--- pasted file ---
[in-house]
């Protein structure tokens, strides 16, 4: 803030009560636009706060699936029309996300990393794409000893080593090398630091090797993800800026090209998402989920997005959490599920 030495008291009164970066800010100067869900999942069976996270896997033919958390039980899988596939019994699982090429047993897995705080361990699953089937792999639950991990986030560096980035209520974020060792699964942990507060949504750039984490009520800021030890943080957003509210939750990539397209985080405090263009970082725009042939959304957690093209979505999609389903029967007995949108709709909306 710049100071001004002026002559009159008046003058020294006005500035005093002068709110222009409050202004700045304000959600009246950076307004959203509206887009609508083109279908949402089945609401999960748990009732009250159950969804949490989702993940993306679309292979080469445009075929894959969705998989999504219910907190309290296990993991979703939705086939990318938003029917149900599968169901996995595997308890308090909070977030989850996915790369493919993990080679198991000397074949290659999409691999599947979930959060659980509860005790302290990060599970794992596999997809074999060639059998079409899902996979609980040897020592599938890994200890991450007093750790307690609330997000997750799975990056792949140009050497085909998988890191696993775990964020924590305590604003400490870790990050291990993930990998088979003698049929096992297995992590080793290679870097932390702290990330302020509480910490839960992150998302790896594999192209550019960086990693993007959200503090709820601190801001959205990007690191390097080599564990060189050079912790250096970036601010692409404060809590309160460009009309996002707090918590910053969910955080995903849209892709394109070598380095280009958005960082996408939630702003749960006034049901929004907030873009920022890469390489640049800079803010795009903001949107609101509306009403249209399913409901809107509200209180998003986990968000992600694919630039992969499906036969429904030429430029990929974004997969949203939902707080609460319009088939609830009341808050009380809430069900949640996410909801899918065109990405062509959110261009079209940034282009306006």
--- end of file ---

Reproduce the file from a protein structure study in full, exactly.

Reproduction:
[in-house]
């Protein structure tokens, strides 16, 4: 803030009560636009706060699936029309996300990393794409000893080593090398630091090797993800800026090209998402989920997005959490599920 030495008291009164970066800010100067869900999942069976996270896997033919958390039980899988596939019994699982090429047993897995705080361990699953089937792999639950991990986030560096980035209520974020060792699964942990507060949504750039984490009520800021030890943080957003509210939750990539397209985080405090263009970082725009042939959304957690093209979505999609389903029967007995949108709709909306 710049100071001004002026002559009159008046003058020294006005500035005093002068709110222009409050202004700045304000959600009246950076307004959203509206887009609508083109279908949402089945609401999960748990009732009250159950969804949490989702993940993306679309292979080469445009075929894959969705998989999504219910907190309290296990993991979703939705086939990318938003029917149900599968169901996995595997308890308090909070977030989850996915790369493919993990080679198991000397074949290659999409691999599947979930959060659980509860005790302290990060599970794992596999997809074999060639059998079409899902996979609980040897020592599938890994200890991450007093750790307690609330997000997750799975990056792949140009050497085909998988890191696993775990964020924590305590604003400490870790990050291990993930990998088979003698049929096992297995992590080793290679870097932390702290990330302020509480910490839960992150998302790896594999192209550019960086990693993007959200503090709820601190801001959205990007690191390097080599564990060189050079912790250096970036601010692409404060809590309160460009009309996002707090918590910053969910955080995903849209892709394109070598380095280009958005960082996408939630702003749960006034049901929004907030873009920022890469390489640049800079803010795009903001949107609101509306009403249209399913409901809107509200209180998003986990968000992600694919630039992969499906036969429904030429430029990929974004997969949203939902707080609460319009088939609830009341808050009380809430069900949640996410909801899918065109990405062509959110261009079209940034282009306006």